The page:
For many of us, winter means changing our wardrobes, cranking up the heat and cutting back on outdoor activities. For forest wildlife, especially in the north, no season has a greater impact than winter. Those animals that can’t flee south must kick into deep-freeze survival mode or perish.
Some small insects such as orb weaver spiders, mantises and most butterflies die with the first frosts. But they leave freeze-resistant progeny as their legacy. In the case of butterflies, that usually means larvae (caterpillars) or pupae in their protective “wrappers.” But some butterflies, including the mourning cloak, hibernate in a sheltering crag or crack. Unlike orb weavers, other types of spiders hibernate beneath rocks or under tree bark, where wandering flocks of watchful chickadees, nuthatches and brown creepers may find them.
Toads and terrestrial frogs such as peepers try to dig or shelter in places that protect them from hard freezes, including cracks in logs or thick leaf litter. But even a hard freeze usually will not kill a temperate-area frog. Breathing and heartbeats may stop, but with a thaw, thanks to elevated blood glucose, the frogs come “back” to life. Turtles often dig down into the mud, and their metabolisms slow to a crawl.
Even birds that we assume are always warm and active have coldweather adaptations. Chickadees, for example—the most common small songbirds wintering in northern woods—may enter a “regulated hypothermia” while they sleep, their body temperatures dipping to conserve precious energy.
Chipmunks will hibernate but emerge during warm spells, while the restless red squirrel changes its schedule from early to late morning, even tunneling through snow to transport snipped conifer cones to its bulk storage area, known as a midden.
This time of year, some of the best things you can do for wildlife are simple—often involving doing nothing at all. Here are some tips:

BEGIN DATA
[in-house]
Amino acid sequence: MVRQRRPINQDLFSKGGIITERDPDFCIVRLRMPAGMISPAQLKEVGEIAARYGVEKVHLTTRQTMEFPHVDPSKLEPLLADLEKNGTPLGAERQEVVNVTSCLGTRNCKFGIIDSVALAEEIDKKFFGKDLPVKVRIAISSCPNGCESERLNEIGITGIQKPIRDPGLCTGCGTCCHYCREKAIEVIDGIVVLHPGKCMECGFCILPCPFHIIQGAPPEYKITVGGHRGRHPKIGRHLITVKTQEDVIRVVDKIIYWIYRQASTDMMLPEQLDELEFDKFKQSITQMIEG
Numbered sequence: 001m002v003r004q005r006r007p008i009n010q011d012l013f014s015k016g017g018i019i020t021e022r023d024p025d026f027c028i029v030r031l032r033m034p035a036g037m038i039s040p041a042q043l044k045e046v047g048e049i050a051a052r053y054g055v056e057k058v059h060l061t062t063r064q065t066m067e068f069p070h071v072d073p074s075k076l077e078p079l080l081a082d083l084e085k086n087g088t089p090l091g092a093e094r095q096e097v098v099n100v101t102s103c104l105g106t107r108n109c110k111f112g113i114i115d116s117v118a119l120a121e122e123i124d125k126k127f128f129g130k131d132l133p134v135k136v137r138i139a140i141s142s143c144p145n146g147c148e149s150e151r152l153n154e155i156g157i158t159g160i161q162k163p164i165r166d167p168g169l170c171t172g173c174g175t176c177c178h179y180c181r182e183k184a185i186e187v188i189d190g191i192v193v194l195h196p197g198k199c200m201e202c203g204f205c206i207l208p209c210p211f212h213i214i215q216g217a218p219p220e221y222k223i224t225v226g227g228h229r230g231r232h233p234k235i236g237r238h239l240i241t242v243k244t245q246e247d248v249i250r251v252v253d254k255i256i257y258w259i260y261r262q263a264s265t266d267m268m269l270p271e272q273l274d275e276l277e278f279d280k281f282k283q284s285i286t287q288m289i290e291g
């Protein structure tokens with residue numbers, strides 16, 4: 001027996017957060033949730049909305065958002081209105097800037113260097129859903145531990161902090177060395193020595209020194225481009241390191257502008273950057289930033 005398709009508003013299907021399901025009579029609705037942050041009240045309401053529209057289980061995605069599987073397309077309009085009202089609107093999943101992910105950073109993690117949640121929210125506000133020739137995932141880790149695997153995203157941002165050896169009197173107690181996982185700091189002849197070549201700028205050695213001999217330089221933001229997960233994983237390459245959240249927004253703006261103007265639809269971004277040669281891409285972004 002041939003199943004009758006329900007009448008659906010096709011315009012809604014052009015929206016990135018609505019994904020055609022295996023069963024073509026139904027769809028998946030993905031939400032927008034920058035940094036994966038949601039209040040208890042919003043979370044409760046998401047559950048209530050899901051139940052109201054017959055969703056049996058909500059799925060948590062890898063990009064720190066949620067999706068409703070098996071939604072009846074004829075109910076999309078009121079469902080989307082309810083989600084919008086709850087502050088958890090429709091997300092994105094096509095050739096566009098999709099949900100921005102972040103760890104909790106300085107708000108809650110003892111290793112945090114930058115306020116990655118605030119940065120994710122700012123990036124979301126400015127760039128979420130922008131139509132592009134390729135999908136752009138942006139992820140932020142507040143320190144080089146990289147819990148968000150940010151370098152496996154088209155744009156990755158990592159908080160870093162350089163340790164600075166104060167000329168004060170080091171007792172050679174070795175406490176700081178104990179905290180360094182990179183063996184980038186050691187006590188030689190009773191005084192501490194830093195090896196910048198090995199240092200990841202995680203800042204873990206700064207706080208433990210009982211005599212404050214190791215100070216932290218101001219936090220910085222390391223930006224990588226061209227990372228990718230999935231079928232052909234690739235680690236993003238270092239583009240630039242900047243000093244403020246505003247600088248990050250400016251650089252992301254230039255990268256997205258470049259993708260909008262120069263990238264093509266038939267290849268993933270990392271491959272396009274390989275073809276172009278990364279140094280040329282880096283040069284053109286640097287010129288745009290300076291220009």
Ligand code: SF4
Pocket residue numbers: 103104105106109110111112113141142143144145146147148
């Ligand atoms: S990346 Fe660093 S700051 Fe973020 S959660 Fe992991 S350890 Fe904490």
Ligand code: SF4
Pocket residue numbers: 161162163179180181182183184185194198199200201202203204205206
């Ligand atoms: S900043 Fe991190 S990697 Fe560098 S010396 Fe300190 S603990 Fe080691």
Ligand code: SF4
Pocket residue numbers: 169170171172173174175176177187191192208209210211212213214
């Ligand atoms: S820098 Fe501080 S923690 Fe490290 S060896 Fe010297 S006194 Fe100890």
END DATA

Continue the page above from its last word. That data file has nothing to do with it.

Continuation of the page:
• Leave dead meadow stalks standing until later winter thaws come. Meadow plants shelter, among other things, butterfly caterpillars and pupae and mantis egg cases. From fall into winter, their seedheads nourish overwintering songbirds, gamebirds and rodents that in turn feed foxes, owls, hawks and other creatures.
• Hold off on clearing logs, if possible. Logs and snags (dead trees) are always important components of a diversified wildlife habitat, and the shelter they provide during winter is crucial. If you remove this resource during cold weather, you might harm hibernating wildlife.
• Leave dense conifer stands to provide cover for owls, rabbits, grouse and other hardy active critters while other cover is sparse.
• Keep bird feeders topped up. This will provide you with hours of entertainment, and you also will be helping supplement birds’ diets at the toughest time of year. If you want to feed a wide variety of birds, offer not only mixed seeds but also black oil sunflower, thistle and suet. Raisins and mealworms may bring in bluebirds, thrashers and mockingbirds. Also, you could buy a birdbath or pond heater to provide water during the coldest days.
• Hold off on cleaning up nestboxes, as these will provide shelter for birds, rodents and invertebrates during cold weather. Then, in late winter (early March in many areas), clean the boxes out just before bluebirds and other cavity nesters start seeking nest sites.
• Leave brushpiles, which provide dense shelter that can be hard to come by in winter. Wrens, rabbits, sparrows and other creatures seek these out. Bigger brush piles may shelter quail and pheasants at the field-forest edge.
• Refrain from removing leaf litter. Thick leaf litter is like a thermal blanket for hibernating salamanders, frogs and invertebrates— especially when piled around stumps and logs.
Sometimes it feels like winter will never end. But before you know it, frog calls, bird songs and the buzzing and chirping of insects will once again fill the air. For now, though, you can find comfort knowing your forest provides safe havens for a variety of resting wildlife.
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